From the Series
Once a month in an undisclosed location in Nairobi, members of the by-invitation-only fight club Mengo gather in an abandoned warehouse. Solely made up of men and women with dwarfism, the club is funded by an elite group of nameless former fighters from around the globe, and its intimidating members have been training since childhood. The fictional series is a part of self-taught Kenyan digital artist and photographer Osborne Macharia’s imaginative effort to challenge some of the stigma that little people in Kenya face.
Macharia has become known for his mesmerisingly detailed and colourful fictional photo stories. His earlier “Kabangu” project – a fantastical photo series that depicted a hip hop group of Kenyan grandpa’s – proved so convincing that he became inundated with queries as to how their music could be purchased. Painstakingly thought-out, his collaborative projects depend on the contributions of make-up artists, props, and costume designers.
“Traditionally, if one was given the brief to photograph people living with dwarfism, it would be the same old direction of pity, disability and the need for help,” he told CNN. “This was taking a different approach.”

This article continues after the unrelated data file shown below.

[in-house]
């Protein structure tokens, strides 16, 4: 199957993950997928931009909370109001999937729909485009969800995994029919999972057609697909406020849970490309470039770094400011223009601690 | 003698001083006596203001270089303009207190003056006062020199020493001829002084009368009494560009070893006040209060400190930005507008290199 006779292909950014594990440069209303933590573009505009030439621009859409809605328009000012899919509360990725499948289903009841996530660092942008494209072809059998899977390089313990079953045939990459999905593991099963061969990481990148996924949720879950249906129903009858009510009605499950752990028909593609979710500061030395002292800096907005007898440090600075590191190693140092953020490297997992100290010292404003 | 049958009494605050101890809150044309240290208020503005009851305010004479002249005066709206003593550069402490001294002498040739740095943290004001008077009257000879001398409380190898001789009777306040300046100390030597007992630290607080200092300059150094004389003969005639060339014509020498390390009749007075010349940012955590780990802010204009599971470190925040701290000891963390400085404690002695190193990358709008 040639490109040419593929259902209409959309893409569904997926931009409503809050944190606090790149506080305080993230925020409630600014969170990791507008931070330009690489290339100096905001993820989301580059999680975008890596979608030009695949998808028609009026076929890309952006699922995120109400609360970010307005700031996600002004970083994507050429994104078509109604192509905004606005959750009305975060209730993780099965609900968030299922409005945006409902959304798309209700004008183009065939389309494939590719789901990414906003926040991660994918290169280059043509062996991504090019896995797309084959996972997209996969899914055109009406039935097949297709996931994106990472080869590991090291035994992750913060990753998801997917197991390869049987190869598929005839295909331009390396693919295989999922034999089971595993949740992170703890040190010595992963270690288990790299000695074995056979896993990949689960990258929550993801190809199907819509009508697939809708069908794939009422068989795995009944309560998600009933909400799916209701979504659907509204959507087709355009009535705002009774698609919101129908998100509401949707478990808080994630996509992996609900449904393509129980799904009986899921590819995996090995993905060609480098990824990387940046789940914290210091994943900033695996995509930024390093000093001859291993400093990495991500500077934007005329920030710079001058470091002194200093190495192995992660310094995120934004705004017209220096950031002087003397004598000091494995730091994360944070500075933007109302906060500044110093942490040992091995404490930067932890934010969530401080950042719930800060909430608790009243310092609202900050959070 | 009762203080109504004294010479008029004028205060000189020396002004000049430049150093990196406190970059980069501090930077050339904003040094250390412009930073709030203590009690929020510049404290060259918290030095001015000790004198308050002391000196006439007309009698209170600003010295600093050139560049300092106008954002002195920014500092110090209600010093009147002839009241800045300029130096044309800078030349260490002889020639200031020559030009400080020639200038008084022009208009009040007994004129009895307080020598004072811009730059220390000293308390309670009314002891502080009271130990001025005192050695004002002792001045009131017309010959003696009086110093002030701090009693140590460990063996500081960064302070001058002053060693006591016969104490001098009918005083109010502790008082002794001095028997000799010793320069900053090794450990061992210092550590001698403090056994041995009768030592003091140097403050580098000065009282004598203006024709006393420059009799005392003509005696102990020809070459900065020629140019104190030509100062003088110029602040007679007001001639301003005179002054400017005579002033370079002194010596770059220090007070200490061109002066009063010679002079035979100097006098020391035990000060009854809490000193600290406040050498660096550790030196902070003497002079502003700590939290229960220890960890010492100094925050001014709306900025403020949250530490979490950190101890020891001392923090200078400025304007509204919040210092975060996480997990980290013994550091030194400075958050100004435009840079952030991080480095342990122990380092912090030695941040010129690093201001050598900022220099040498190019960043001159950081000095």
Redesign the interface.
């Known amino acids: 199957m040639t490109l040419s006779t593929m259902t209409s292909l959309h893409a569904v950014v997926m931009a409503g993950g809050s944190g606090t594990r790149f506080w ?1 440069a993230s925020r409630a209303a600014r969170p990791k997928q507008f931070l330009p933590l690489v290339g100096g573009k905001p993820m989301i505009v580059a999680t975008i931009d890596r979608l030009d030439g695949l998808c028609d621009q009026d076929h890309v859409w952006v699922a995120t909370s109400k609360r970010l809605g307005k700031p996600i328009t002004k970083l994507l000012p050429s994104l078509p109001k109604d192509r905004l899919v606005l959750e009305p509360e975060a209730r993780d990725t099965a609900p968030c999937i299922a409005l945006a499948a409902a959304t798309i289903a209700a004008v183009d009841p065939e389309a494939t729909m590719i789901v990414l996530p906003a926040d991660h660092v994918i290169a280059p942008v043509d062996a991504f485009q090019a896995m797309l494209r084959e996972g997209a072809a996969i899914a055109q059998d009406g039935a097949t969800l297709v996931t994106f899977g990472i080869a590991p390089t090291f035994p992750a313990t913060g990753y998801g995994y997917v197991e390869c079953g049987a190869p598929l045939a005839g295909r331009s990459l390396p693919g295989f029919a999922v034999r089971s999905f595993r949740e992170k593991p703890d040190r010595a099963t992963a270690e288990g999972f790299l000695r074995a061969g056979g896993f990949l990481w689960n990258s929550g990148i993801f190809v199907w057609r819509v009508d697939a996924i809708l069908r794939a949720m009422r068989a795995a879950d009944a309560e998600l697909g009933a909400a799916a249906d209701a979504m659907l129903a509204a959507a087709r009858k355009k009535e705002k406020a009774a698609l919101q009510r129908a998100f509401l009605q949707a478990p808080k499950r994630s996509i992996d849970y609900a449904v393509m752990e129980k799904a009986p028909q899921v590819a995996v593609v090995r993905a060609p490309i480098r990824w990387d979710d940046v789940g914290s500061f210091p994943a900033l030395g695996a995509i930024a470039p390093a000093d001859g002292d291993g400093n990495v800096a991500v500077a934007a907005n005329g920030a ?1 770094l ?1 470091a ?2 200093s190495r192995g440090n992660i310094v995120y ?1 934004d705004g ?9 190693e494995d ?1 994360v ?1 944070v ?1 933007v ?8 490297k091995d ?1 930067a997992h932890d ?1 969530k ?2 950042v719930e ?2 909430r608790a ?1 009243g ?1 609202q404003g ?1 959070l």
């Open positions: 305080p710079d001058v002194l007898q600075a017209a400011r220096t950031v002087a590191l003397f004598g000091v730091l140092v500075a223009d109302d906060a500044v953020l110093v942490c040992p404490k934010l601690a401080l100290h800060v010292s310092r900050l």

In his quest to find the right subjects for the series, the Cannes Lion winner and his frequent collaborator Kevin Abraham joined forces with the Short Stature Society of Kenya (SSSK).
The SSSK connected Macharia to the models who would play four of Mengo’s most formidable fighters: Dudus, Sonko, Mrefu and Mangaritos. Pictured against dilapidated urban surroundings, each character has a detailed backstory that includes their training history, number of titles, and weapon of choice, adding to the unique narrative’s authenticity. The composite images were captured in studio and on location, before being digitally altered to create the fantastical end result.
Macharia laments the fact that those with dwarfism are often lumped into the same category as those with physical or mental disabilities despite their clear ability to function in society much like anyone else. With this project, he aims to disrupt that narrative, presenting them as fierce, independent and strong.
See how the project came together in the video below, and learn more about about Macharia's work and his belief that storytelling has the ability to change perceptions.